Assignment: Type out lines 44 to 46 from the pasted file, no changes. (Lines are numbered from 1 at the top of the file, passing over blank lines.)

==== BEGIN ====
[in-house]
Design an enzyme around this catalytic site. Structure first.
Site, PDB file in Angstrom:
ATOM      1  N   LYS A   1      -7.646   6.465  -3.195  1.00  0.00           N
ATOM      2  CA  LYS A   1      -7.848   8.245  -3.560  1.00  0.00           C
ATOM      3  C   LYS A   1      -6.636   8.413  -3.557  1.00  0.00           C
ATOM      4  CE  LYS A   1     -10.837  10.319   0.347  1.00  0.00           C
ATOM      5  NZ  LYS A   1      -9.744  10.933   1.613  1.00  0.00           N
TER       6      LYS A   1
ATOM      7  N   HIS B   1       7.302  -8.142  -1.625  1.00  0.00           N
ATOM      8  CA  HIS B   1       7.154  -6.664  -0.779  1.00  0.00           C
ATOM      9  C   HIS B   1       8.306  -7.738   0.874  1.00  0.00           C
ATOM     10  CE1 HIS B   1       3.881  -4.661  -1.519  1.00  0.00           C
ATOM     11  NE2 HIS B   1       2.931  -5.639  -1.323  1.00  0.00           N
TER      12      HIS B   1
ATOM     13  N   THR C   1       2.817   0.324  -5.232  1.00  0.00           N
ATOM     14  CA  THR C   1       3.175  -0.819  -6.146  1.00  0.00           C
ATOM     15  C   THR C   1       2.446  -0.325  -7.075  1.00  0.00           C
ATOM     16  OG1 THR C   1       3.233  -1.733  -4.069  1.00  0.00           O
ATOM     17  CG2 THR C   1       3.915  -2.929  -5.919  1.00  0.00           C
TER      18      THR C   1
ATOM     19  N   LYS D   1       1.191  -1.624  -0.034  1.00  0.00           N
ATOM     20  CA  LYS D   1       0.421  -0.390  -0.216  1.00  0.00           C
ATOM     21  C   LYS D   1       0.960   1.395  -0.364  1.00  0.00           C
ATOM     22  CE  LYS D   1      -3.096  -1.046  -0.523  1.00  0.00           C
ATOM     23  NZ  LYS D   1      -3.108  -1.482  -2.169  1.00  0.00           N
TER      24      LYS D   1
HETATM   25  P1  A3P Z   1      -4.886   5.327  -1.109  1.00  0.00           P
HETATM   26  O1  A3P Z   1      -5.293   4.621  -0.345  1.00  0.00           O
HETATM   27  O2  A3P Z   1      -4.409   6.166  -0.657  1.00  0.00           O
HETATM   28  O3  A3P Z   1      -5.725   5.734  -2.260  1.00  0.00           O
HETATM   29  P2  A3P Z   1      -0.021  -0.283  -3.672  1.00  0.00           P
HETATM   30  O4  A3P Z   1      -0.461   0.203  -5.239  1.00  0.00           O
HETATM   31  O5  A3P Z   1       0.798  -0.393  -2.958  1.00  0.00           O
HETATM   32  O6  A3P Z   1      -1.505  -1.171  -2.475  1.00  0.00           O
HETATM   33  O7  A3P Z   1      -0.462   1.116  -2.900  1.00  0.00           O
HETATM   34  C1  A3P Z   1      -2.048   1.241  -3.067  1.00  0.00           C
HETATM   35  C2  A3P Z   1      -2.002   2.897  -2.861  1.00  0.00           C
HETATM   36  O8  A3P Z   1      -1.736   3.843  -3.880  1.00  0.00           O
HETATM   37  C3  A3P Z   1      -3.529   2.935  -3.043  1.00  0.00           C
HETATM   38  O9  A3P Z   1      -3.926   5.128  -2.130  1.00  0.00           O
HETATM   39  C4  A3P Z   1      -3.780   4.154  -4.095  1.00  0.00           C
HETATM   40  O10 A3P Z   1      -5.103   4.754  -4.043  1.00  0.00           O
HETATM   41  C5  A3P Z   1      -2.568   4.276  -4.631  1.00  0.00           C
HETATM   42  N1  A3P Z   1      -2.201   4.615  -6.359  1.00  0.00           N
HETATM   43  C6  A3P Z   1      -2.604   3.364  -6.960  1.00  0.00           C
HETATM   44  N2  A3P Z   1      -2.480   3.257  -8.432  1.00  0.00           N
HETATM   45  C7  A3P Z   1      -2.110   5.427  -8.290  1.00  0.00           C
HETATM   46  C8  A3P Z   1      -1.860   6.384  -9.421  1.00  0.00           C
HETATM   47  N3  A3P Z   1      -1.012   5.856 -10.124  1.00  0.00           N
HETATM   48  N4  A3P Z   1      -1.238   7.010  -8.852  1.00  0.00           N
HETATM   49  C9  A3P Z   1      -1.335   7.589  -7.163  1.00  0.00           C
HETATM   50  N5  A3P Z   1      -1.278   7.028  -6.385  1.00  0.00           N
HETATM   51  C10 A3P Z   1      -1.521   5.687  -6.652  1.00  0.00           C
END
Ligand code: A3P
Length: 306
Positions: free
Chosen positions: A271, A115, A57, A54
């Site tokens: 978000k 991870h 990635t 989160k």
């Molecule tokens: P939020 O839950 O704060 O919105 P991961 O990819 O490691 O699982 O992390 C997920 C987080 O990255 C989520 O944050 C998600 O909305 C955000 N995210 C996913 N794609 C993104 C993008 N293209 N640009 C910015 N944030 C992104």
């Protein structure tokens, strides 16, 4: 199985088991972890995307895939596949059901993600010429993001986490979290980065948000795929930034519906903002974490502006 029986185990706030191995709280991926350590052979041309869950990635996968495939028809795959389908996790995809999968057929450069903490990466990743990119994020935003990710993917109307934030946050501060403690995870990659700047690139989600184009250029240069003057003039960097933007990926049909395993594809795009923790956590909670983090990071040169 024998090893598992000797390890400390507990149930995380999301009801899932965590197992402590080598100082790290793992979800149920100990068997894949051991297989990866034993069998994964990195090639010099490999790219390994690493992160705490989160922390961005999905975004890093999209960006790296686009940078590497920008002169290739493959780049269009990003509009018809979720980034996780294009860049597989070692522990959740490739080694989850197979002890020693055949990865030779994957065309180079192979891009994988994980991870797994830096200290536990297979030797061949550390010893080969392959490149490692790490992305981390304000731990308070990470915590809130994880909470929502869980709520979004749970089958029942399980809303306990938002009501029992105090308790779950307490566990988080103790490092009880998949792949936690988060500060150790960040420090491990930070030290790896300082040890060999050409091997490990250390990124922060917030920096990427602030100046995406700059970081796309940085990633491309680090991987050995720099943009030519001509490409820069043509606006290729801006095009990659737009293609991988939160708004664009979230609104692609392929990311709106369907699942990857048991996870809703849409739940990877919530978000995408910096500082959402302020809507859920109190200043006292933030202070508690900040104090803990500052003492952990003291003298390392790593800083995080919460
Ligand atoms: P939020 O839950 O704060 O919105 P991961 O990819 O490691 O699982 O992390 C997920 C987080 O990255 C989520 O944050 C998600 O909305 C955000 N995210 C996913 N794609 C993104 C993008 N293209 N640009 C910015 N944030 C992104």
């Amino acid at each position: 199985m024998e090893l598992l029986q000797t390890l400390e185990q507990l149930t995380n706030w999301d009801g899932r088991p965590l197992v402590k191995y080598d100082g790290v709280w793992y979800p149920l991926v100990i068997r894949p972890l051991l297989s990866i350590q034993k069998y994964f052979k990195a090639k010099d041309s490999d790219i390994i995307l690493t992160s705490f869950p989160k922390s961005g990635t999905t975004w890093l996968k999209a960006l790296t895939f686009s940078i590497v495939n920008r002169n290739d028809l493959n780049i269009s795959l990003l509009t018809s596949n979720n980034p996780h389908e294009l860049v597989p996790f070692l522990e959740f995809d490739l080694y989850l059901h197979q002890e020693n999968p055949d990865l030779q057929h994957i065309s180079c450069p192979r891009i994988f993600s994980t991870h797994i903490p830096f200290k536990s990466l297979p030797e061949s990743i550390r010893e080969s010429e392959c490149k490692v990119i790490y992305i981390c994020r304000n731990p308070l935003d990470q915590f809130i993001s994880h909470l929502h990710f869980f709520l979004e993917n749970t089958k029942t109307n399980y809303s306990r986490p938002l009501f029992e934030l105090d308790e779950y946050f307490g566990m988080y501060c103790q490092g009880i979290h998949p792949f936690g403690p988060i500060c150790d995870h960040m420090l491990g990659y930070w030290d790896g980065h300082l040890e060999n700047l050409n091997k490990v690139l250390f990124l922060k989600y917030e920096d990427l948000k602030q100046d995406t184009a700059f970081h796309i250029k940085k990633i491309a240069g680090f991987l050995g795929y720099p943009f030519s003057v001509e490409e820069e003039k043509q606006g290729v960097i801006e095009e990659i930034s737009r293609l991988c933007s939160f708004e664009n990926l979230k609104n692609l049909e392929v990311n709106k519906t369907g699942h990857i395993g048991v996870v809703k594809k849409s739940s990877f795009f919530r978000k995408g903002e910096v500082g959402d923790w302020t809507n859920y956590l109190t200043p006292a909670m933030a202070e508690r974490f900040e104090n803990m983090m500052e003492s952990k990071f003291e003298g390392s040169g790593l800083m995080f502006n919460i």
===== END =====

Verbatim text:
HETATM   41  C5  A3P Z   1      -2.568   4.276  -4.631  1.00  0.00           C
HETATM   42  N1  A3P Z   1      -2.201   4.615  -6.359  1.00  0.00           N
HETATM   43  C6  A3P Z   1      -2.604   3.364  -6.960  1.00  0.00           C